27 Years of Success!

Tel: 0161 819 9922

Where There’s a Will …

March 30th, 2015

Knights-Vampire-BlogCarole Taylor’s a stubborn lass. Even back at school she told everyone that, one day, she was going to write a book. Now, granted, she did get a bit side-tracked raising a family (and with her daughter the deputy head of a London primary school, son a departmental leader in an international bank, I think we can assume she put a reasonable amount of effort into that.) More recently, there’s been a major health scare with her heart. And now, as well as working part time for a TV production company, her first grandchild’s appeared on the scene … Nonetheless, she never did give up on that book thing and, in the end, didn’t just write one, but five. They’re not only written either, she’s had them all published as ebooks by an American online publisher. So, if any of you out there were thinking it was too late to get started on a writing career – read on. Read the rest of this entry »




Comments Off on Where There’s a Will …

It’s a Big Big World

March 23rd, 2015

C'wealth-blogY’know, it’s a splendid job, blogging for the Writers Bureau. As well as the completely self indulgent necessity to write about writing, it’s introduced me to loads of new stuff. Some of my favourite blogs: Writers In The Storm; Grammarphobia; Grammarly, the works of great writers like Ngũgĩ wa Thiong’o and Jhumpa Lahiri, not forgetting Leonard Lopate’s  fabulous WNYC talk show … all brilliant. And now, there’s another one for the list: Commonwealth Writers. Read the rest of this entry »




Comments Off on It’s a Big Big World

Competition Time

March 16th, 2015

Win-blogRight, get your typing fingers ready. The Royal Society Of Literature has just announced its seventeenth V. S. Pritchett Memorial Prize for the best unpublished short story of the year. This is a competition open to residents of all Commonwealth countries, it’s for stories of 2,000 – 4,000 words, there’s a £5.00 entrance fee and, as well as publication in Prospect online and the RSL Review, the winner gets a very tasty £1,000. The deadline is 22 June, and with all the talent I know is out there, I’m sure one of you folks must be in with a chance.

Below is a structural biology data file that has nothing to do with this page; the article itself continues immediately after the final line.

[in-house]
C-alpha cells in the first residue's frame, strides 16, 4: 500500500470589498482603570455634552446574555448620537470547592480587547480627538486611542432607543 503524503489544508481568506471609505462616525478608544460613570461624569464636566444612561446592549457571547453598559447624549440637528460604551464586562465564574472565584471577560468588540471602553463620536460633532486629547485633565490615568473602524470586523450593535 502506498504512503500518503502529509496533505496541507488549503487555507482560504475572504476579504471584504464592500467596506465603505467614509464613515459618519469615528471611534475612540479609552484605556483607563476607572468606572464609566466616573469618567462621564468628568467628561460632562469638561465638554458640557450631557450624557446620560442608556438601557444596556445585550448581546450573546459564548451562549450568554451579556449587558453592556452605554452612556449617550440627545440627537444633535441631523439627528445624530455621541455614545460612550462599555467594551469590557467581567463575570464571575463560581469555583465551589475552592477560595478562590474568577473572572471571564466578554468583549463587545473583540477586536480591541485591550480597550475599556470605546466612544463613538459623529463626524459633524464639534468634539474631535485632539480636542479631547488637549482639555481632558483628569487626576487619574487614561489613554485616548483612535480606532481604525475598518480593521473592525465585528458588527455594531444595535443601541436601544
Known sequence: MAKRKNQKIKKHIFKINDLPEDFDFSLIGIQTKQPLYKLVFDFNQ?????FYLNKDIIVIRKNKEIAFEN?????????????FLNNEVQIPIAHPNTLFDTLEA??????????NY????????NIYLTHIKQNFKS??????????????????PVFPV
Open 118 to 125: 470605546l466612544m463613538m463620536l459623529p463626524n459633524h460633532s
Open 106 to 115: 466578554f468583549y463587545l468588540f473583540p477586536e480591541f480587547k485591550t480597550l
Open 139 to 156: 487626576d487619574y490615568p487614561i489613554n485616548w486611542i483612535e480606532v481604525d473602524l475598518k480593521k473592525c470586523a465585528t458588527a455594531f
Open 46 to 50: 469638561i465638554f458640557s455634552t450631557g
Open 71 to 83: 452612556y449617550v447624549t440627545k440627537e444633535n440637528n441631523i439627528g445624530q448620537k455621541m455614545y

I’d have a go myself but, as some of you may remember, I had a bad experience with a short story last year and it’s quite taken the wind out of my sails. I tried working something up for a Writing Magazine ‘adult fairy story’ competition, but ended up missing the deadline with a story that was far too long and which, even now, isn’t in any fit state to show an editor.

So where did I go wrong? Well, right at the start, I didn’t think – just launched into an idea without any proper planning. If I’d taken a couple of days to mull things over, it all could have been very different. In fact, I really should have back-pedaled further than that. Even before thinking things through, what I should have done is gone and found some advice on how to write for competitions. “Do-oh!” How thick can you be, ‘ey? Here’s me blogging for the Writers Bureau, and it didn’t even enter my head to see what our own tutors have to say about it.

Ah well … I’ve had a look now. And do you know what I found? A cracking article by Simon Whaley called Writing Competitions – A Judge Reveals All. It’s been sitting there in the back copies of E-Zee Writer since April 2009 and, honestly, it’s like a little potted masterclass. As well as loads of great tips on how to approach competitions, it explains how to timetable your work over three months to be sure you’re ready and properly edited in good time. If only I’d read it last year … I could be counting my winnings now.

So look, if you fancy having a go at the Royal Society’s short story prize, there’s loads of time to get something together. But don’t make the same mistakes I did. Do yourself a favour and read Simon’s article first, it’ll give you a great head start.

Keep on writing!phil-blog-sig




Comments Off on Competition Time

A Writing Life

February 6th, 2015

Nicki-Feb-11Like so many of us, I always promised myself I’d write one day. And again like so many, life got in the way. There always seemed to be something  better,  and certainly more lucrative, to do. Having studied for my MA in English literary research while I was pregnant with my first child, and worked part time as a university English lecturer whilst pregnant with the second, then taken a full time office job while both boys were small, I told myself it was now or never. So once the youngest toddled off to school I decided to give up the day job. Read the rest of this entry »




Comments Off on A Writing Life

Editors Aren’t Always Perfect

January 30th, 2015

writer.com-blogFirst, thanks to Colin for last Friday’s blog. You often hear people who are ‘sniffy’ about genre fiction saying it’s plot driven, whereas literary fiction (usually their preferred reading/writing matter) is character driven. It’s OK for a book or story to be character driven but if those characters don’t provide some forward movement or development (a plot?!) then the reader loses interest pretty fast. Read the rest of this entry »




Comments Off on Editors Aren’t Always Perfect

subscribe
About The Author: Diana Nadin

Blog Home

 
Institute of Training and Occupational Learning

Bookmark and Share